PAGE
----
by Jelani Harper


SAN FRANCISCO – Machine learning is one of the best examples of exactly how resource-intensive the numerous applications of artificial intelligence are. This sentiment is particularly true for supervised learning which, although responsible for some of the core facets of automation AI is acclaimed for, necessitates sizable quantities of training data, labeled training data, and human input for the latter.

“People hear a lot about machine learning and they think that everything goes automatic but, in reality supervised learning is what works the best,” commented Franz CEO Jans Aasman. “Supervised learning takes a lot of human effort to label things.”

This effort is necessary for the vast majority of implementations of supervised learning, whether it’s applied to speech recognition, image recognition, aspects of computer vision, and most other tasks. Although there are varying techniques to reduce the amount of training data required, at some point humans are needed to label training data so supervised learning models have examples of what they’re used to predict.

Coming up with that training data and getting it appropriately labeled by humans is one of the most longstanding challenges associated with machine learning—especially supervised learning. “Most machine learning is supervised learning, and most supervised learning is incredibly expensive,” Aasman indicated. Nevertheless, by utilizing an artful combination of human intelligence and IT resources, organizations can overcome the challenge of training supervised learning models with annotated training data.


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Human-managed AI labelers

When building supervised learning models to train image recognition systems to distinguish cats from dogs, for example, one of the initial steps is to get a sufficient number of images of cats serving as training data. Exorbitant quantities of training data are required for this task and other advanced applications of supervised learning to account for the implicit complexity. If there were only limited numbers of cat pictures showing their faces, the models wouldn’t be able to distinguish cat pictures that focused on other parts of their bodies. Thus, immense, diverse training datasets are a vital part of teaching models all the dimensions or characteristics for recognizing cats.

“When you train a machine learning model on cats for pictures (this is what I mean by an AI labeler), you go to Google and ask for Google Images of cats,” Aasman revealed. “You get 10,000 pictures and then a human being takes out everything that’s not a cat.” This process isn’t necessarily a manual one, which would be inordinately time consuming. Aasman mentioned, “You don’t have to look for all the cats; all you do is use some other computer stuff to make it easy to find cats. Now you have a guaranteed set of cats and then you let loose with your machine learning.”


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Alternative labeling approaches

The importance of labeling training data based on human authority is beyond dispute. It’s also one of the foundational reasons why labeling such data for supervised learning is highly resource-intensive. “If you train on cats then you have a little bit of help from other systems to give you the cats,” Aasman noted. “But if you do not train on cats, how is the system ever going to know what a cat is?” Similarly, in speech recognition systems or even certain aspects of text analytics, humans are required to label different entities used in context as positive or negative, so they’re appropriately classified as such when models encounter similar data in the future. In these situations and others, such example data for training purposes (or the mechanisms for expediting the labeling process) may not always be available.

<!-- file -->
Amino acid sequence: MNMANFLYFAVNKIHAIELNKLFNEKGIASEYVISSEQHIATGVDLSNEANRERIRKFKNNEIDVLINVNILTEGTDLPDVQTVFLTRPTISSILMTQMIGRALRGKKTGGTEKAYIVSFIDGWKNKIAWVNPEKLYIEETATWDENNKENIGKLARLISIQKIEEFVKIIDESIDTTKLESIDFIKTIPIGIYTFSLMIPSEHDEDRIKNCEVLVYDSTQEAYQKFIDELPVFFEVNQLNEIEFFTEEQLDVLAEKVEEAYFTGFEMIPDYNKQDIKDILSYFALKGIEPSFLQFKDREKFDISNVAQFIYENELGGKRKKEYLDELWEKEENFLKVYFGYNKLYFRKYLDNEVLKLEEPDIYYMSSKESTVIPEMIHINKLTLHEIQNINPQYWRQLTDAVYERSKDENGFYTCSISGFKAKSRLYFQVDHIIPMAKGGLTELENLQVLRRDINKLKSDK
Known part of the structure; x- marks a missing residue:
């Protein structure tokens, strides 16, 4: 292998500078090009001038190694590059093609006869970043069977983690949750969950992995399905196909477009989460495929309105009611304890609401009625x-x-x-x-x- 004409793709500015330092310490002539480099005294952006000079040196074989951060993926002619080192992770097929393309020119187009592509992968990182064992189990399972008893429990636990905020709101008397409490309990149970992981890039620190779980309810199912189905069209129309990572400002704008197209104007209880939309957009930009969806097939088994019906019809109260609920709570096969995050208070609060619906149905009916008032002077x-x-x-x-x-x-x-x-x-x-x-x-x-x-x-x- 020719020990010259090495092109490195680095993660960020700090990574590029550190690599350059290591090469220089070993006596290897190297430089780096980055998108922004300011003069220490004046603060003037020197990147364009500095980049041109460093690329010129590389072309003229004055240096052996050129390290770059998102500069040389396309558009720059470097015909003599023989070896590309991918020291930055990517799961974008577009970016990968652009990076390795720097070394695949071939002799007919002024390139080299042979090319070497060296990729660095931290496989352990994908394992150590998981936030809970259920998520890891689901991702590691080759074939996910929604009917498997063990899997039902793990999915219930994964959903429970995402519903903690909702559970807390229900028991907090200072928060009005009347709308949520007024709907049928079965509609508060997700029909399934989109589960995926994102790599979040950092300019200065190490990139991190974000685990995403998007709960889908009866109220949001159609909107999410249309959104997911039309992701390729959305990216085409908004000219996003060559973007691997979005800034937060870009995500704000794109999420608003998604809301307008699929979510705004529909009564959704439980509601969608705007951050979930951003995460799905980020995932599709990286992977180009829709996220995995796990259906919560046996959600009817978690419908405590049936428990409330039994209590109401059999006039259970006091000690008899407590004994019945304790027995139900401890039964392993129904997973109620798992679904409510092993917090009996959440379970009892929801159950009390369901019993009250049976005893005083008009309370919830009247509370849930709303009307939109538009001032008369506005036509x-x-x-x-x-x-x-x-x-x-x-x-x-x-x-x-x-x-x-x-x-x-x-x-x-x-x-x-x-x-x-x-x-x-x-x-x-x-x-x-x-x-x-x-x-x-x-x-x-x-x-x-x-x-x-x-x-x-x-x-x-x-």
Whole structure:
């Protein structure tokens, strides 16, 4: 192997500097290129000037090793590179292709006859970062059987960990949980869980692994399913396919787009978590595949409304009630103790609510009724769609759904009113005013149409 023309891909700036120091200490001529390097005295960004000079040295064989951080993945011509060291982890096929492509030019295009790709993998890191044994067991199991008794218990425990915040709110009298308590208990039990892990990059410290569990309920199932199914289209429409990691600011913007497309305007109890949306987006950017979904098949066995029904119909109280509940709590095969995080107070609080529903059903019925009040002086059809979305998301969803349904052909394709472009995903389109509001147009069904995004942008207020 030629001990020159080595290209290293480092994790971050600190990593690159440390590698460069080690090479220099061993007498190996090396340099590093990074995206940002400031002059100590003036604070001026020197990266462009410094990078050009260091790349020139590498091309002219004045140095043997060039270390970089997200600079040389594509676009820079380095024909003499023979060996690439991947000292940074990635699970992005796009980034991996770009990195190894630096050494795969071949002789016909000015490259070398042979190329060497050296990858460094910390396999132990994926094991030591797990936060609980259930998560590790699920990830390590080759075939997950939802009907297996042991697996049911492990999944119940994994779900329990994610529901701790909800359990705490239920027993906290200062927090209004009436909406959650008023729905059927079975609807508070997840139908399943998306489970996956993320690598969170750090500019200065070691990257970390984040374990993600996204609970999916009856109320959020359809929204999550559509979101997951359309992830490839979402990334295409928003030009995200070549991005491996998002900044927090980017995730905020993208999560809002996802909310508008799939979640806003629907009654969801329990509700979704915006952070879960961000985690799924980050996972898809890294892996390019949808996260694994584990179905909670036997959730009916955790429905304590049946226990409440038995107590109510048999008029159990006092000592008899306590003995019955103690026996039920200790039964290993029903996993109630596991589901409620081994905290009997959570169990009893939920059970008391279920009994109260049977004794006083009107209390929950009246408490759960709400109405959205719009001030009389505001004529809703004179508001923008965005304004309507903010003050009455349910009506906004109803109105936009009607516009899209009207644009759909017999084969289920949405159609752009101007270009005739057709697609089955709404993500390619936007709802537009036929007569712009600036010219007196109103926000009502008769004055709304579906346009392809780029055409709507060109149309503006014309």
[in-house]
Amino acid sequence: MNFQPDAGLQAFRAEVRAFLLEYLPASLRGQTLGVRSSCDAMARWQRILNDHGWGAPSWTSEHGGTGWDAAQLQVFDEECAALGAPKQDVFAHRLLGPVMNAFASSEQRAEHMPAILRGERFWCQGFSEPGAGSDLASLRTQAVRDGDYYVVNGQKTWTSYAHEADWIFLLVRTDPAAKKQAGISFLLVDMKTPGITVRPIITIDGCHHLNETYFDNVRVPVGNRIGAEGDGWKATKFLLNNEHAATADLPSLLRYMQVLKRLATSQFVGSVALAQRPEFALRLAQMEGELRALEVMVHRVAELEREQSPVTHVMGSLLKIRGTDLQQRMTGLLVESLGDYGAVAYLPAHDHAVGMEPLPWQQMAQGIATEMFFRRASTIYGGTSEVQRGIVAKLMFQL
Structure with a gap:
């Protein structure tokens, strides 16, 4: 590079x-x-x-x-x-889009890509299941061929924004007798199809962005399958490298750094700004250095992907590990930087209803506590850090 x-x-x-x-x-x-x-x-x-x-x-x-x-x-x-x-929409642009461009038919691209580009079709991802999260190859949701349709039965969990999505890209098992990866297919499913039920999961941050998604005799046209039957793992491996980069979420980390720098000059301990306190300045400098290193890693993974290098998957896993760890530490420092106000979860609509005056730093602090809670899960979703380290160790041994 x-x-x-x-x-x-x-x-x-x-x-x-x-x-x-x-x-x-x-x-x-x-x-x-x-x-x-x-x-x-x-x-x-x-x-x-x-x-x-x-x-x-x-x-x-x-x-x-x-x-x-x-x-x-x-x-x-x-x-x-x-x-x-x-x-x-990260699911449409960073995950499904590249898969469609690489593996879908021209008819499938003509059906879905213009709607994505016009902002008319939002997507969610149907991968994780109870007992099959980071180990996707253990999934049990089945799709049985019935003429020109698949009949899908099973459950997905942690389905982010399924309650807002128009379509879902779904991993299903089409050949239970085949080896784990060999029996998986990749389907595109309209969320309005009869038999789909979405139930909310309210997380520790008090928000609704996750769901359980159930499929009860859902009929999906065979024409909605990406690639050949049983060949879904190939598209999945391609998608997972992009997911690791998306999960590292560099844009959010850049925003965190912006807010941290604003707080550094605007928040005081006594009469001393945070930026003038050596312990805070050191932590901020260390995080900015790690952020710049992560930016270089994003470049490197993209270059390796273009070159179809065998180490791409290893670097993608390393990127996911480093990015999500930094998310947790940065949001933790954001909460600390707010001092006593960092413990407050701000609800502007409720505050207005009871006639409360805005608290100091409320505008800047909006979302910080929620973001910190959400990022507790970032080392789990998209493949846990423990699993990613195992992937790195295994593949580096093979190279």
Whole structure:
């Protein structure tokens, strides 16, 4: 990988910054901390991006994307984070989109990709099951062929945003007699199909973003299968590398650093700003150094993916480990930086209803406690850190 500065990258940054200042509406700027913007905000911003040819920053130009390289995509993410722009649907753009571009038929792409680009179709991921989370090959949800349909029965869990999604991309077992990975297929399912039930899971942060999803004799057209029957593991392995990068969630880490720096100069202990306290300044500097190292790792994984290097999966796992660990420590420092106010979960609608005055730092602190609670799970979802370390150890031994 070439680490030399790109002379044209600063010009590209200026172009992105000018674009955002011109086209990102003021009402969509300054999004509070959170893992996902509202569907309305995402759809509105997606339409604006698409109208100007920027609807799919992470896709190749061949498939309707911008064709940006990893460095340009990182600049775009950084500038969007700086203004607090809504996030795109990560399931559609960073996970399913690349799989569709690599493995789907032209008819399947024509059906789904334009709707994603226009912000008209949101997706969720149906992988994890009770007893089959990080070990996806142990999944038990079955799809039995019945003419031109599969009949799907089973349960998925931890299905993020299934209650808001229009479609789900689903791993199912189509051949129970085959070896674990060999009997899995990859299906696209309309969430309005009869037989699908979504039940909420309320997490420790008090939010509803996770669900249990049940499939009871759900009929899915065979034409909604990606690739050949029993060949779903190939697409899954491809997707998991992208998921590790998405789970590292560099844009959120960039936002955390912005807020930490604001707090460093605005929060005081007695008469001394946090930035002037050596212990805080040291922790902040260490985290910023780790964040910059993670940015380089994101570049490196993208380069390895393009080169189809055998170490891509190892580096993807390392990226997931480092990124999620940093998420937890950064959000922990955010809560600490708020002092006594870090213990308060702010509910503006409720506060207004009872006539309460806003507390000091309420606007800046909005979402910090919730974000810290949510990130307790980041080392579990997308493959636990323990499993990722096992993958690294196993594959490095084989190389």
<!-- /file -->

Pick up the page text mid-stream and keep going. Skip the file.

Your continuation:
Consequently, a considerable market is growing to accommodate annotated training data for supervised learning applications of machine learning. “There’s a lot of people in low labor countries that can do the labeling for you,” Aasman said. “There’s whole companies around labeling.” In other instances, consumers are unwittingly used to provide training data for machine learning systems. CAPTCHA systems are in place to verify that humans are not robots when signing up for services, and requires people to identify images of crosswalks, store fronts, etc. “It’s using people to train the AI model,” Franz VP of Global Sales and Marketing Craig Norvell observed. “When you sign up for something, it gives you images and they don’t know [what they are]; it’s just feeding back into the machine learning.”


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Counteracting bias, increasing trust

Annotated training data is the basis for teaching supervised learning models (as well as initiating the learning process in unsupervised learning models) to accomplish the specific tasks for which they’re deployed. Organizations are responsible for both procuring adequate amounts of training data as well as labeling them for this technology to work, which places the incipient burden of this approach on humans, not the machines deploying the technology. Large, diverse, annotated training datasets are essential to fulfill this aspect of the model building process to diminish the instance and degree of bias while burgeoning transparency, accountability, and trust.


Jelani Harper is an editorial consultant servicing the information technology market, specializing in data-driven applications focused on semantic technologies, data governance and analytics.